Because of spam, I personally moderate all comments left on my blog. However, because of health issues, I will not be able to do so in the future.

If you have a personal question about LI or any related topic you can send me an email at I will try to respond.

Otherwise, this blog is now a legacy site, meaning that I am not updating it any longer. The basic information about LI is still sound. However, product information and weblinks may be out of date.

In addition, my old website, Planet Lactose, has been taken down because of the age of the information. Unfortunately, that means links to the site on this blog will no longer work.

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Tuesday, July 22, 2008

GERD Could Be Real Colic Cause

Colic, the scourge of new parents, doesn't have a definite cause or even a definite diagnosis. "At least three hours of crying at least three days a week for at least three weeks" is about as concrete as it gets.

I've written several times about colic, in Colic and Dairy Allergy and Colic From Dairy Allergies? (If you don't want to click over, the answer to the question is "maybe."

In today's Wall Street Journal Melinda Beck wrote that pediatricians are now thinking that half or more of colic cases may really be gastroesophageal reflux disease (GERD).

I've written about GERD before too, in Dairy-Free Diet Can Help GERD but Beck's article suggests that direct treatment for GERD with proton-pump inhibitors (PPIs), the strongest acid-blocking drugs, may eliminate the symptoms without need for a dairy-free diet.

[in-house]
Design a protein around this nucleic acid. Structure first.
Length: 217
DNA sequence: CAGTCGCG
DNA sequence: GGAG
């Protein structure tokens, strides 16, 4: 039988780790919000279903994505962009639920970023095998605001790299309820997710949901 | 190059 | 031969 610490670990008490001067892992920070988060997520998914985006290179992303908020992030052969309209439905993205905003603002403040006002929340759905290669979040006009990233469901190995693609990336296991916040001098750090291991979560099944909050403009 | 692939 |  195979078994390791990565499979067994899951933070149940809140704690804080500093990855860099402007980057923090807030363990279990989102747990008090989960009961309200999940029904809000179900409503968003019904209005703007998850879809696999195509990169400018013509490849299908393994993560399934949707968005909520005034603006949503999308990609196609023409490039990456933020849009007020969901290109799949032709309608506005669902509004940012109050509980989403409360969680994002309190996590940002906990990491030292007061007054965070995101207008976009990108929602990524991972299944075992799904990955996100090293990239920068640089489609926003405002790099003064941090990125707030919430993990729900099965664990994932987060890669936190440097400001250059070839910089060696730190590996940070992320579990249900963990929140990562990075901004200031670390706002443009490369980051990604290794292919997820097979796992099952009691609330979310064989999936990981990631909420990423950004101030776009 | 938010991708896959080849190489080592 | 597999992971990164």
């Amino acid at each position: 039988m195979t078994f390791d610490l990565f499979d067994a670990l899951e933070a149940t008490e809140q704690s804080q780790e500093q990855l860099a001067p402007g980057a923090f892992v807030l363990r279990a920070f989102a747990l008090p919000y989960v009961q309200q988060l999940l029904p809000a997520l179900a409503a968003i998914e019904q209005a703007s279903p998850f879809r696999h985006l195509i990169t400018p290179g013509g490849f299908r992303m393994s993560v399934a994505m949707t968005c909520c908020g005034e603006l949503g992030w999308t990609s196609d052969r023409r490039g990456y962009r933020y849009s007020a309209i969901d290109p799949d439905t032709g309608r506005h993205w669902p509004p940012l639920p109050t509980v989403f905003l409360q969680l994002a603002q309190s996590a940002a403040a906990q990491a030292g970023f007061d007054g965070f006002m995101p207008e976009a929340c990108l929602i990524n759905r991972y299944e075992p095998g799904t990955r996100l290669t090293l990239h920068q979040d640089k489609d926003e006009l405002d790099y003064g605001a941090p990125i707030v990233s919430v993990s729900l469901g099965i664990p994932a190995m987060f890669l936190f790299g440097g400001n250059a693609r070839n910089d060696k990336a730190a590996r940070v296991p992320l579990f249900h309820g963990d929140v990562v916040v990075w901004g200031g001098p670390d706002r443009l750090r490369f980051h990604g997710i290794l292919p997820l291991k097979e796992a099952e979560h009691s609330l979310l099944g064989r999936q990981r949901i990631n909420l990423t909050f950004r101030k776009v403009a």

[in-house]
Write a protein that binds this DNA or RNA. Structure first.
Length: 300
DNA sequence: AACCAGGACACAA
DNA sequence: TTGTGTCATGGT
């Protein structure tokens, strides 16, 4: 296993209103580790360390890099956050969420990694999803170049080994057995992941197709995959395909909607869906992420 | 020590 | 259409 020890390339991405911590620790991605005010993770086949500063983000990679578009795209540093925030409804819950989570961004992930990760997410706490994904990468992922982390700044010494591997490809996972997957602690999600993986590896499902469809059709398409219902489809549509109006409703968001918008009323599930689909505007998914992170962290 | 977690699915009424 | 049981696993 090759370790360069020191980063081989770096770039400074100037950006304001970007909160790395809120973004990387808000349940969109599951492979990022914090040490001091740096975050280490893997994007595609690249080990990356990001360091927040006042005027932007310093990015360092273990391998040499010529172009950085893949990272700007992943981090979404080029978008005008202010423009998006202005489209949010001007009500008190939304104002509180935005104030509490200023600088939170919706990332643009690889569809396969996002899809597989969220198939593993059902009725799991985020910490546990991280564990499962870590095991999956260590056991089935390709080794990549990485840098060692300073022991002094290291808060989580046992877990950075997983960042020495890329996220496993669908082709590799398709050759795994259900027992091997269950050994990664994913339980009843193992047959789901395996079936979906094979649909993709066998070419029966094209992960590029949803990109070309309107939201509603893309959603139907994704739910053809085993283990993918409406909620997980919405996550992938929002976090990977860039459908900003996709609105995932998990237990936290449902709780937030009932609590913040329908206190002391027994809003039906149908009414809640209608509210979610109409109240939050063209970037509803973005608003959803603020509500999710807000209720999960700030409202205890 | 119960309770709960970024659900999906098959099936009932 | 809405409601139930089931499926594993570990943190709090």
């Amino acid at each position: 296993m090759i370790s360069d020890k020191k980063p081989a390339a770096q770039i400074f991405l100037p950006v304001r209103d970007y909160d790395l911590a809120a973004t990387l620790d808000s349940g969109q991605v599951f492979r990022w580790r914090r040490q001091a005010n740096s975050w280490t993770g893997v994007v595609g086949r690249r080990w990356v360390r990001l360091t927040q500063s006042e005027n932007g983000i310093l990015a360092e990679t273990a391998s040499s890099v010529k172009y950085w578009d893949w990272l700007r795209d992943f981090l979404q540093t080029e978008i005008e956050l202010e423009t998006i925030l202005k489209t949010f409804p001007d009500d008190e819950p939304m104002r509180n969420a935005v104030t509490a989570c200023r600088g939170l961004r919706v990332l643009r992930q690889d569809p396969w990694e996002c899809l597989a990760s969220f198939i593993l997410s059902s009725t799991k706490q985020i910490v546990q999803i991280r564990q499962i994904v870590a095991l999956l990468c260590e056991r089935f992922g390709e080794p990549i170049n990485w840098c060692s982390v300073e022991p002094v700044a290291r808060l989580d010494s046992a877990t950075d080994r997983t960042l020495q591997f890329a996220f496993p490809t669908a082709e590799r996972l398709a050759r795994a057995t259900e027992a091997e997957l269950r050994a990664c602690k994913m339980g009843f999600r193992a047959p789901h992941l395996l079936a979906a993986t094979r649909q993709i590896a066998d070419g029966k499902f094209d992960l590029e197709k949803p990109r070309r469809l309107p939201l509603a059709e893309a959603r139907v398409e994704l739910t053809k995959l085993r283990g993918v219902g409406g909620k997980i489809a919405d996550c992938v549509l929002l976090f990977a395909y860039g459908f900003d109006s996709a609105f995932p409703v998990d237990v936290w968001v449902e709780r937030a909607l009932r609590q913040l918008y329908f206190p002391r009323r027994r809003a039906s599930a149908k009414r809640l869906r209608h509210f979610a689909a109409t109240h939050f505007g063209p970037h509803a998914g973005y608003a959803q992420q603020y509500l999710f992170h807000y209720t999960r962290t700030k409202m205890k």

But first let's go back and define GERD.

Even the terminology is confusing. Most babies have reflux -- spitting up some liquid, since the valve separating the stomach from the esophagus isn't fully closed. It usually doesn't hurt. Experts like to say these "happy spitters" are a laundry problem, not a medical problem, and no treatment is needed. Most babies outgrow this simple gastroesophageal reflux (or GER) by the time they're about 7 months old.

GER becomes more-serious GERD if the infant won't eat and stops gaining weight, vomits blood and is extremely irritable. He may be highly sensitive to stomach acid -- "just like some adults get heartburn and call 911," says Beth Anderson, founder of the Pediatric/Adolescent Gastroesophageal Reflux Association (Pager), an information group for parents. GERD babies may also choke or aspirate liquid. Acid-reducing drugs -- which run the gamut from over-the-counter antacids to H2 acid suppressors to PPIs -- won't stop the reflux but can cut the acidity, and thus the irritability, if acid is causing the problem.

Does this always work? Of course not.
What's tricky is that colic and reflux can occur together. "Those babies are sometimes put on acid-reducing medications, but they don't get better," says Jeffrey S. Hyams, a pediatric gastroenterologist at Connecticut Children's Medical Center in Hartford, and Olivia Manganello's doctor. "There's no medicine for colic except time and Mother Nature."

The problem is that PPIs are not specifically approved for children. There are a few possible side effects and no studies have been done to see if longer-term effects will emerge from their use.

Still, a possible cure for suffering and a way to help babies grow is a tempting procedure.
Bryan Vartabedian, a pediatric gastroenterologist at Texas Children's Hospital, had an epiphany when his own irritable baby improved dramatically when she was treated for reflux. He thinks about half of what's considered colic may actually be undiagnosed GERD. "We should be looking for signs of treatable conditions so babies aren't suffering needlessly," he says.

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